I was generalizing a bit, my water out of the tap isn't always 8.4, sometimes it's lower, and the water in the tank isn't always mid 7's, sometimes it's 8.0. I don't really check it very often anymore, as there isn't much I can do to it to change it much without risking a wild swing. I feel that as long as any changes aren't drastic, the occupants of the tank will deal with it. Ammonia and such are a different story.
I do have a piece of Mopani driftwood in my tank, but otherwise, I'm not sure why the tank is lower in pH than my tap water, besides maybe by having a couple plants that absorb calcium from the water in the tank.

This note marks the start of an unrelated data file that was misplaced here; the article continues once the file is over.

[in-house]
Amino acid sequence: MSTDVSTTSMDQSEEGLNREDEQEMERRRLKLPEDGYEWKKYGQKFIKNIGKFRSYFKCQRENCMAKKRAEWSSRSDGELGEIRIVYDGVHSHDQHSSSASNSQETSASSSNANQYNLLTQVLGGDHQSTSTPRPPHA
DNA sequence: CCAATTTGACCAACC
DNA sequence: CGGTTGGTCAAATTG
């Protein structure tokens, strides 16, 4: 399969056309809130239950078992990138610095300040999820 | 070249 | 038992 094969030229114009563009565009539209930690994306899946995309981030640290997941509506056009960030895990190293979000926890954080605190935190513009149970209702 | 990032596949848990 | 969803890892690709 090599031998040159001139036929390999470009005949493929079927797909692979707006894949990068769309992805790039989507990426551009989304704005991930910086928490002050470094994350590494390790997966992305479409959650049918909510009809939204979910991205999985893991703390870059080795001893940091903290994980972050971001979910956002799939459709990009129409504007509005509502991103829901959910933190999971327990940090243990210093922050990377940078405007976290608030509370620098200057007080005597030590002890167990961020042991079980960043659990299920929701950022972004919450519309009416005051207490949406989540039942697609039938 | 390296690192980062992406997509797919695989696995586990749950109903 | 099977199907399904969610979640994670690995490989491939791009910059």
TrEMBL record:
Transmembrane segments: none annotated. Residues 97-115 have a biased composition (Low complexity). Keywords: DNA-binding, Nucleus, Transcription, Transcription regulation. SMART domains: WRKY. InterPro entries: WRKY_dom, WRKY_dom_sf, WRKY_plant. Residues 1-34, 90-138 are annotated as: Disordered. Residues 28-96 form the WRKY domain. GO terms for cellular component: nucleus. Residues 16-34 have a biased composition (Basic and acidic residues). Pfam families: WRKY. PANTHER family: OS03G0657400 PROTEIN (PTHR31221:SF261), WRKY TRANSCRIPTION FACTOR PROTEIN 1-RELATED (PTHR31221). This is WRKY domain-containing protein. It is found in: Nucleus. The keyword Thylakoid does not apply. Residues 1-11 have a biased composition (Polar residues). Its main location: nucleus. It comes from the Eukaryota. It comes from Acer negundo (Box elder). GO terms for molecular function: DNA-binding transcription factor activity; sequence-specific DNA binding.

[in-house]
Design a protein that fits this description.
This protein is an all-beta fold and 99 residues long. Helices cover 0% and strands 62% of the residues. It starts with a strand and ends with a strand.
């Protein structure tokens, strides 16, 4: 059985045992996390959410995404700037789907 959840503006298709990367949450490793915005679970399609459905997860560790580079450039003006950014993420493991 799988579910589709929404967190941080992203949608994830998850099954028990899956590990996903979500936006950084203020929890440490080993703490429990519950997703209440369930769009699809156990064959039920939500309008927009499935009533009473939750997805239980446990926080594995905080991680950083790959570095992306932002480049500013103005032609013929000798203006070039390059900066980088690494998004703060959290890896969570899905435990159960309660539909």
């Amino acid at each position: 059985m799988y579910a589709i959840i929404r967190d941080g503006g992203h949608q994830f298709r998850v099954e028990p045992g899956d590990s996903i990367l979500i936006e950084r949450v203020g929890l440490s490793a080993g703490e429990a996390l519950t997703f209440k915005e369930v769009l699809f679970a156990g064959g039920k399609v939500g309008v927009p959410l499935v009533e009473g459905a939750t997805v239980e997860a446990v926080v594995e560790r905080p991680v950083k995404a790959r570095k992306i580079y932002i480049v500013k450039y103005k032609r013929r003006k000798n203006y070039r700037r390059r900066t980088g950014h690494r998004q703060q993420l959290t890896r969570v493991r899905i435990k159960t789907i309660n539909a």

You might not even need to add CO2 with your light. The more light, the more hassle. As long as the plants are growing slowly without dying off, it's easy. If the plants are melting or dying off like mine did last October, I found a potassium and iron fertilizer and some liquid CO2 turned things around. The fish food supplies the rest of the ferts. It really all starts with the light, but you should be low light with yours, maybe even too low. Read all you can written by Hoppy and Diana, my experience using their advice is very positve.
Wouldn't you like to beside the seaside?